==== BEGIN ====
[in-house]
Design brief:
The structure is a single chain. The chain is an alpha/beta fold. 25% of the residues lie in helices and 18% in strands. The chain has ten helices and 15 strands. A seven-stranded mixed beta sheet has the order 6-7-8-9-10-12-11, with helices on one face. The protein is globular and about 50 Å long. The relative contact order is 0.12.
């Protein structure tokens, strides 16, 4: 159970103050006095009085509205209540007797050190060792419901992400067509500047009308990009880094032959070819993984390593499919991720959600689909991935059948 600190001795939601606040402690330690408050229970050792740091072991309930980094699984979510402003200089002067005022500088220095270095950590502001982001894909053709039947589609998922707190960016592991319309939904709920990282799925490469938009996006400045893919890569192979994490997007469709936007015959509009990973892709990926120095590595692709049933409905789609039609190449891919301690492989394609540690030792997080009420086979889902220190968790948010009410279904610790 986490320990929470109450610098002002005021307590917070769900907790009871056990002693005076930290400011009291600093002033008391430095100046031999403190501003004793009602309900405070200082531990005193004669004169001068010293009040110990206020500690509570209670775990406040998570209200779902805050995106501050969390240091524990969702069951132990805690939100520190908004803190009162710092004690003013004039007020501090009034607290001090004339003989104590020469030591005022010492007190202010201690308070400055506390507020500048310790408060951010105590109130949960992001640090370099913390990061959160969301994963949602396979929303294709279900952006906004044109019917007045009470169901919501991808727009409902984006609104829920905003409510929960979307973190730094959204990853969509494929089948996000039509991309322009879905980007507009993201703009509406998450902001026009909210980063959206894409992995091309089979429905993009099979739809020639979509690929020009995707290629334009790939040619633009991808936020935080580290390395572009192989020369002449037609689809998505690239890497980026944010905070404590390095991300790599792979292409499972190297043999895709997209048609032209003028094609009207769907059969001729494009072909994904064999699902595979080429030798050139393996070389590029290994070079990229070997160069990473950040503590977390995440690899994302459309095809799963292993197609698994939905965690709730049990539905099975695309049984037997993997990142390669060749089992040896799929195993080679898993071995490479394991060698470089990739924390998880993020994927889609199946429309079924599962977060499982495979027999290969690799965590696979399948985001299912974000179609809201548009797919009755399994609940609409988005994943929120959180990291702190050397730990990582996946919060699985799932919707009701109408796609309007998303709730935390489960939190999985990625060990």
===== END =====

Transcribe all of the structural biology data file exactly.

[in-house]
Design brief:
The structure is a single chain. The chain is an alpha/beta fold. 25% of the residues lie in helices and 18% in strands. The chain has ten helices and 15 strands. A seven-stranded mixed beta sheet has the order 6-7-8-9-10-12-11, with helices on one face. The protein is globular and about 50 Å long. The relative contact order is 0.12.
């Protein structure tokens, strides 16, 4: 159970103050006095009085509205209540007797050190060792419901992400067509500047009308990009880094032959070819993984390593499919991720959600689909991935059948 600190001795939601606040402690330690408050229970050792740091072991309930980094699984979510402003200089002067005022500088220095270095950590502001982001894909053709039947589609998922707190960016592991319309939904709920990282799925490469938009996006400045893919890569192979994490997007469709936007015959509009990973892709990926120095590595692709049933409905789609039609190449891919301690492989394609540690030792997080009420086979889902220190968790948010009410279904610790 986490320990929470109450610098002002005021307590917070769900907790009871056990002693005076930290400011009291600093002033008391430095100046031999403190501003004793009602309900405070200082531990005193004669004169001068010293009040110990206020500690509570209670775990406040998570209200779902805050995106501050969390240091524990969702069951132990805690939100520190908004803190009162710092004690003013004039007020501090009034607290001090004339003989104590020469030591005022010492007190202010201690308070400055506390507020500048310790408060951010105590109130949960992001640090370099913390990061959160969301994963949602396979929303294709279900952006906004044109019917007045009470169901919501991808727009409902984006609104829920905003409510929960979307973190730094959204990853969509494929089948996000039509991309322009879905980007507009993201703009509406998450902001026009909210980063959206894409992995091309089979429905993009099979739809020639979509690929020009995707290629334009790939040619633009991808936020935080580290390395572009192989020369002449037609689809998505690239890497980026944010905070404590390095991300790599792979292409499972190297043999895709997209048609032209003028094609009207769907059969001729494009072909994904064999699902595979080429030798050139393996070389590029290994070079990229070997160069990473950040503590977390995440690899994302459309095809799963292993197609698994939905965690709730049990539905099975695309049984037997993997990142390669060749089992040896799929195993080679898993071995490479394991060698470089990739924390998880993020994927889609199946429309079924599962977060499982495979027999290969690799965590696979399948985001299912974000179609809201548009797919009755399994609940609409988005994943929120959180990291702190050397730990990582996946919060699985799932919707009701109408796609309007998303709730935390489960939190999985990625060990």